Friday, October 3, 2014

TIMBER!!!!! No, I said timbre.

    Timbre is likely the most common mispronounced word in  music vocabulary.  Timbre is pronounced tam-bur.  Timbre is the unique quality or tone colors of sound.  In other words, it's how you know the difference between talking to your Mom or Dad on the phone.  Even though you can't see them you can tell by the timbre of their voice who they are.  In fourth and fifth grade class we listened to several different styles of singing from all over the world and describe their timbre.  We came up with a list of words that we could use to describe these different timbres.  A few of our description words were:


    The singing selections that we listened to were not what the students were used to hearing and we talked about how we had to listen with mature ears.  Our first selection came from the European country, Bulgaria.  One quality of Bulgarian vocal music is harmony created by singing notes very close together, producing a special ringing sound.  The students used the words high, full, complex, and straight to describe the timbre.  Click the link below to watch a video of the singing.

    Tuvian Throat singing is a style of singing that has been in existence for thousands of years.  Men from Tuva will sing in a choomej technique that originated in Mongolia.  They will change the inside shape of their mouths to make the higher and lower pitches sounds.  Students thought this style was by far the most different sounding singing technique.  They described the timbre as, high pitch, rough, loud, and unique. Watch the video below to listen and see this throat singing technique.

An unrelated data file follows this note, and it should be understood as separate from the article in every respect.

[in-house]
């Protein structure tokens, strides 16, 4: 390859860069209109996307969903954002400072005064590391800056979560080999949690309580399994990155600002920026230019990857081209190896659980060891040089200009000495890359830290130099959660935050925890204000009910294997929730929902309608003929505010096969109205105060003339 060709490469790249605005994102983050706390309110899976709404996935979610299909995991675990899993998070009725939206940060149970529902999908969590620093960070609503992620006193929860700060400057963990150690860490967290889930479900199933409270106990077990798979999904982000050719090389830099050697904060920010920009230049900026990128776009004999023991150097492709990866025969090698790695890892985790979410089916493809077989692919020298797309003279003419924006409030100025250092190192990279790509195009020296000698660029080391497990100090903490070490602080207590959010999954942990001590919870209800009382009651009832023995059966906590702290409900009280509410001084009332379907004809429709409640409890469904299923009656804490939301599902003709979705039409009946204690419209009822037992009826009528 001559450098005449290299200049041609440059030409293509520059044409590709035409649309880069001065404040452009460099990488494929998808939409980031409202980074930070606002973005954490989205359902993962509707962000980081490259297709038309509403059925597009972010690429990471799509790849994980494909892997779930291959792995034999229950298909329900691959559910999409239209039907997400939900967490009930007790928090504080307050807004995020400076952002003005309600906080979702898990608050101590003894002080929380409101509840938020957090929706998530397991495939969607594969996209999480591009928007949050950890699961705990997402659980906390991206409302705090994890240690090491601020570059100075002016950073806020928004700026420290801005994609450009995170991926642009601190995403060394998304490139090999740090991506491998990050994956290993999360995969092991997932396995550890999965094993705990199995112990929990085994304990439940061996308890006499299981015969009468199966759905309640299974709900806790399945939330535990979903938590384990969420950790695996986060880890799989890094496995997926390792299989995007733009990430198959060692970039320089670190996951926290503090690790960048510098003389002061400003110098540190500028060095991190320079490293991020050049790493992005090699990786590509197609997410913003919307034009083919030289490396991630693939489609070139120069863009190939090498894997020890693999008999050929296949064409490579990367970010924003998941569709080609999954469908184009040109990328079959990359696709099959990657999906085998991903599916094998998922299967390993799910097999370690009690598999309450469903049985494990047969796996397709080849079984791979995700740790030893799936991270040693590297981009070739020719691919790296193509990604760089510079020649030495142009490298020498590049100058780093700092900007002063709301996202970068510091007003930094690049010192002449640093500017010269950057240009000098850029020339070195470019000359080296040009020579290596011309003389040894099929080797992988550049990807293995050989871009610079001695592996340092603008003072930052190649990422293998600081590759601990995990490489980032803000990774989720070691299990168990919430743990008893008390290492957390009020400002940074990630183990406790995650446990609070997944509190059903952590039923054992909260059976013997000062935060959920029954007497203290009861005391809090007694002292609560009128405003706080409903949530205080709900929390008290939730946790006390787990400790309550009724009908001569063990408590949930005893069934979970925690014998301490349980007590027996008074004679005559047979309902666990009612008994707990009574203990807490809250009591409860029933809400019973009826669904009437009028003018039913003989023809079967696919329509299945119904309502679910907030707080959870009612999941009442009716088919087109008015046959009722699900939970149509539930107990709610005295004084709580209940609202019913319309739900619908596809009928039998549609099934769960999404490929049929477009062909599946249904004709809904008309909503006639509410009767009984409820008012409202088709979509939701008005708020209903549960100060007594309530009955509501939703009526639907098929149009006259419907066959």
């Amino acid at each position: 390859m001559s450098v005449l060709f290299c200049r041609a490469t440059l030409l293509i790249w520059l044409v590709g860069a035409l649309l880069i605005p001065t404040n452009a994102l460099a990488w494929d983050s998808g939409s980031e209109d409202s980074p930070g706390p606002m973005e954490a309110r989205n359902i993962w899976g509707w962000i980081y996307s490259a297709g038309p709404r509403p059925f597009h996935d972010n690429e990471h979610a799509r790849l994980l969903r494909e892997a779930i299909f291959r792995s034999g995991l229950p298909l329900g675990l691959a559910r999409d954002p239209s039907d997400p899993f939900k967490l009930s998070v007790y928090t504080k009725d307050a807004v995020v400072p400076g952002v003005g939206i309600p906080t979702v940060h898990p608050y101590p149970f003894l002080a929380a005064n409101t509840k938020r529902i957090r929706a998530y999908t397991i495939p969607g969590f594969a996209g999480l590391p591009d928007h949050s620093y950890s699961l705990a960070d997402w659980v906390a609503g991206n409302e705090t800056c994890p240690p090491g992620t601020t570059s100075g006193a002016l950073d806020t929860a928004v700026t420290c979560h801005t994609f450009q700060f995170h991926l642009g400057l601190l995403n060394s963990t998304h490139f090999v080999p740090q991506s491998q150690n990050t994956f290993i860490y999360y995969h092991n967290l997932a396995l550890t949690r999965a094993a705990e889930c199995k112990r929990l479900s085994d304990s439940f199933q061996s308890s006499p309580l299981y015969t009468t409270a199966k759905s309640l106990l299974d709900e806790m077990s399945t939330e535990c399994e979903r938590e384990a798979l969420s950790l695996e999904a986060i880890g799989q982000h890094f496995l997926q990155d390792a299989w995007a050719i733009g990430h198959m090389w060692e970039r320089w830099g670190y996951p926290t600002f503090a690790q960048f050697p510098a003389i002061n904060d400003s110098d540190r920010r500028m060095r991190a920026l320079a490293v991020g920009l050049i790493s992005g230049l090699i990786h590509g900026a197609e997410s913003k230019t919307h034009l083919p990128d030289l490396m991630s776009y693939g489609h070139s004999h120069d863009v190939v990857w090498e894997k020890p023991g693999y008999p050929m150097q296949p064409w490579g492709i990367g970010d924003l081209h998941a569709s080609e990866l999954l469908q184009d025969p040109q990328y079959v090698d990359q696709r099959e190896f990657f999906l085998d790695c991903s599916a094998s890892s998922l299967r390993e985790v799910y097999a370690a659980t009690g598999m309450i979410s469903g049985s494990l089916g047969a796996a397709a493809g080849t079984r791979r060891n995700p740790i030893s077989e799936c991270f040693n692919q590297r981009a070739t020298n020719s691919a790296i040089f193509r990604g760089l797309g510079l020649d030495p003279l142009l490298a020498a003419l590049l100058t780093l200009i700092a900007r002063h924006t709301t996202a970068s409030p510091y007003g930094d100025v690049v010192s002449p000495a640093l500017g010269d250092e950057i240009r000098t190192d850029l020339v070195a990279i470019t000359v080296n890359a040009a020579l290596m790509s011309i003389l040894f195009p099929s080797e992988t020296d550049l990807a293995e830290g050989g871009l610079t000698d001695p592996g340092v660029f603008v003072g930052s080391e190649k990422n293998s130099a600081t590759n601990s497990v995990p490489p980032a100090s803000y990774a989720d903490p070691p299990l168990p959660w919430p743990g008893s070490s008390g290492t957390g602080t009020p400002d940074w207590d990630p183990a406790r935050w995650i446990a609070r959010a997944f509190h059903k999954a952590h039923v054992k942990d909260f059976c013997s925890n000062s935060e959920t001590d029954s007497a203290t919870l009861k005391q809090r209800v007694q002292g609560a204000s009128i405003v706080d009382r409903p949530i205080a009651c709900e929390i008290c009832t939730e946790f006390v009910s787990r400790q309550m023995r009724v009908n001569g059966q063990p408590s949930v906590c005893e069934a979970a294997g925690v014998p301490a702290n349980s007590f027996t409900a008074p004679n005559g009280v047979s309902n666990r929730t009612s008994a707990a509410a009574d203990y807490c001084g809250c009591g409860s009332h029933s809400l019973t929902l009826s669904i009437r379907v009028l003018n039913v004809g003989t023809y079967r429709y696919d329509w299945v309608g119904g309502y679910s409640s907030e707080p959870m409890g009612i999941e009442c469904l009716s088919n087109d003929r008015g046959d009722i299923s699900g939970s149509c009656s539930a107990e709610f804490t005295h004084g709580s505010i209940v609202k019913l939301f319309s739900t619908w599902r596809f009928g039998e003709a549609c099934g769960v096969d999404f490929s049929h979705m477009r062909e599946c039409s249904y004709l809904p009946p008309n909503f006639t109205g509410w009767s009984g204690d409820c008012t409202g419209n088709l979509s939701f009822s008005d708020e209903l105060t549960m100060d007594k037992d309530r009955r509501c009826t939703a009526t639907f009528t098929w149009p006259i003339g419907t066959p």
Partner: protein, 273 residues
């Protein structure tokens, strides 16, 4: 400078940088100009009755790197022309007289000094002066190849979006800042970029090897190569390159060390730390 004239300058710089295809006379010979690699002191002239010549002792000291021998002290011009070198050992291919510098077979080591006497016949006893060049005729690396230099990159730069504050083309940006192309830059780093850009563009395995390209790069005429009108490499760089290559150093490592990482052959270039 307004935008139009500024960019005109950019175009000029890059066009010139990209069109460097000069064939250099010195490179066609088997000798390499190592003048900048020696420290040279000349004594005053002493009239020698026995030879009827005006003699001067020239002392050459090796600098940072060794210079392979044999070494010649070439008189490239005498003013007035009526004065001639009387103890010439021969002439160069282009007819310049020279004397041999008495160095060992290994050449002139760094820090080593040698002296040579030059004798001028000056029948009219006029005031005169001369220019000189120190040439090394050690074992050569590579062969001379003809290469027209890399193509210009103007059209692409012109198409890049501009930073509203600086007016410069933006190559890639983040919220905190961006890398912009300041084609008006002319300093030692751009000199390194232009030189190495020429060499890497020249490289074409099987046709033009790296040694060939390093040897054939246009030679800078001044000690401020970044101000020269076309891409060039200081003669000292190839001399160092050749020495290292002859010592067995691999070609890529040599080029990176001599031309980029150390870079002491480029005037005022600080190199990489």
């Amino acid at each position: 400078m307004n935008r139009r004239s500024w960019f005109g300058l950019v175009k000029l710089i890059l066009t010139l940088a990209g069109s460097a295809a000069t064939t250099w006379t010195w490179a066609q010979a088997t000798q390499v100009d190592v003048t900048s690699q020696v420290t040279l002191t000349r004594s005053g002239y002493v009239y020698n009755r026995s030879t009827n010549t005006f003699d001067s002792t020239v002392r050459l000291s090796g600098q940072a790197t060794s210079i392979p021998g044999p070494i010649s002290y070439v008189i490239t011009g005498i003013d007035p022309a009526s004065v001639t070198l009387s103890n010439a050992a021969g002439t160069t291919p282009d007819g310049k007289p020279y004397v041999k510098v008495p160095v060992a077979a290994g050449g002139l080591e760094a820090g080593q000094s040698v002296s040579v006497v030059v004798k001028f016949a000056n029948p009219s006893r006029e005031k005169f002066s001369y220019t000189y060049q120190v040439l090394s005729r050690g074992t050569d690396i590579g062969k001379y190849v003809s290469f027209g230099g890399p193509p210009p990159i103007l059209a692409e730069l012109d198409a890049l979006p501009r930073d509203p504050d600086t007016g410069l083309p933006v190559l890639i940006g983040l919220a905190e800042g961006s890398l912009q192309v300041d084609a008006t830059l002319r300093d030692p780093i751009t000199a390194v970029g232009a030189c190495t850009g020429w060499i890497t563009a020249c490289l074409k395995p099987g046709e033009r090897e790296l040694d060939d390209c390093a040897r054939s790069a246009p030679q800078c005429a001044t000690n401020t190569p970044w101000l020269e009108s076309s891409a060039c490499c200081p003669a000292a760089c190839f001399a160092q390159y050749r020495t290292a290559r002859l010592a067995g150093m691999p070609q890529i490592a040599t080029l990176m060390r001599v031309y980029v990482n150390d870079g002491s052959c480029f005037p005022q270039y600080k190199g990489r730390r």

We listened to several other styles such as Native American Powwow singing, opera singing, and traditional choral music.  The kids really enjoyed listening to all the different timbres of the world. 


Wednesday, October 1, 2014

Ms. Mary Mack-Mack-Mack!

    Who doesn't remember learning and playing a few clapping games with your friends at recess?  In 2nd grade this week the students learned, "Ms. Mary Mack."  The Ms. Mary Mack clapping pattern is very simple it goes like this:

1. Cross your arms, hands on shoulders.
2. Pat your thighs
3. Clap your hands.
4. Clap your partner's right hand.
5. Clap your hands.
6. Clap your partner's left hand. 
7. Clap your hands.
8. Clap both of your partner's hands.

    "Ms. Mary Mack," went great with our music vocabulary word tempo.  Tempo is how fast or slow the music is or the speed of the music. With each verse we sang, our singing and clapping would grow faster or faster. Which brings us to our next vocabulary word, accelerando.  Accelerando means that the tempo grows faster and faster.  Give "Ms. Mary Mack" a try.